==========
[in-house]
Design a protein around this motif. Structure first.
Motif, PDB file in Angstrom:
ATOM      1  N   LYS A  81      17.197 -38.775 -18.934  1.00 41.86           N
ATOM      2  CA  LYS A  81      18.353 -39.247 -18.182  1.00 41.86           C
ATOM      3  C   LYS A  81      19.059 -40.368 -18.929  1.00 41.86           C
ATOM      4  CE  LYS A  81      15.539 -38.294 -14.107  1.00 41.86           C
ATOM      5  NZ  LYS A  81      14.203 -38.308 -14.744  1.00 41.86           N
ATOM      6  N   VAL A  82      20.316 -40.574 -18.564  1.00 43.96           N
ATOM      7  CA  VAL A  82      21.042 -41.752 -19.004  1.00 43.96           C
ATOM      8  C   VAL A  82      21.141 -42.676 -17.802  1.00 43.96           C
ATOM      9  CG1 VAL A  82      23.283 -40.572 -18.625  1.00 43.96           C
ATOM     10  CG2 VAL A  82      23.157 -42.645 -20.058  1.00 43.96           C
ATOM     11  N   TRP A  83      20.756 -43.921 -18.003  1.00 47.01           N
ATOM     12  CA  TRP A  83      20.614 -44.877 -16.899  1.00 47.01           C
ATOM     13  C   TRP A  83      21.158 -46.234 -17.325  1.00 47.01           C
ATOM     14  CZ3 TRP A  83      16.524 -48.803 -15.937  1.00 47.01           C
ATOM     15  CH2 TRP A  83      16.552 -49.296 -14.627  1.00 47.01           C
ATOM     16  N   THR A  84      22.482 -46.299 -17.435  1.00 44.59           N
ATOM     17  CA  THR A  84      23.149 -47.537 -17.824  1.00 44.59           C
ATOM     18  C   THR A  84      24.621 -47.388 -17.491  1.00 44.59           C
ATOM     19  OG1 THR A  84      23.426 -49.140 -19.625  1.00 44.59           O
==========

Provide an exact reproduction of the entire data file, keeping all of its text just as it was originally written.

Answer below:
[in-house]
Design a protein around this motif. Structure first.
Motif, PDB file in Angstrom:
ATOM      1  N   LYS A  81      17.197 -38.775 -18.934  1.00 41.86           N
ATOM      2  CA  LYS A  81      18.353 -39.247 -18.182  1.00 41.86           C
ATOM      3  C   LYS A  81      19.059 -40.368 -18.929  1.00 41.86           C
ATOM      4  CE  LYS A  81      15.539 -38.294 -14.107  1.00 41.86           C
ATOM      5  NZ  LYS A  81      14.203 -38.308 -14.744  1.00 41.86           N
ATOM      6  N   VAL A  82      20.316 -40.574 -18.564  1.00 43.96           N
ATOM      7  CA  VAL A  82      21.042 -41.752 -19.004  1.00 43.96           C
ATOM      8  C   VAL A  82      21.141 -42.676 -17.802  1.00 43.96           C
ATOM      9  CG1 VAL A  82      23.283 -40.572 -18.625  1.00 43.96           C
ATOM     10  CG2 VAL A  82      23.157 -42.645 -20.058  1.00 43.96           C
ATOM     11  N   TRP A  83      20.756 -43.921 -18.003  1.00 47.01           N
ATOM     12  CA  TRP A  83      20.614 -44.877 -16.899  1.00 47.01           C
ATOM     13  C   TRP A  83      21.158 -46.234 -17.325  1.00 47.01           C
ATOM     14  CZ3 TRP A  83      16.524 -48.803 -15.937  1.00 47.01           C
ATOM     15  CH2 TRP A  83      16.552 -49.296 -14.627  1.00 47.01           C
ATOM     16  N   THR A  84      22.482 -46.299 -17.435  1.00 44.59           N
ATOM     17  CA  THR A  84      23.149 -47.537 -17.824  1.00 44.59           C
ATOM     18  C   THR A  84      24.621 -47.388 -17.491  1.00 44.59           C
ATOM     19  OG1 THR A  84      23.426 -49.140 -19.625  1.00 44.59           O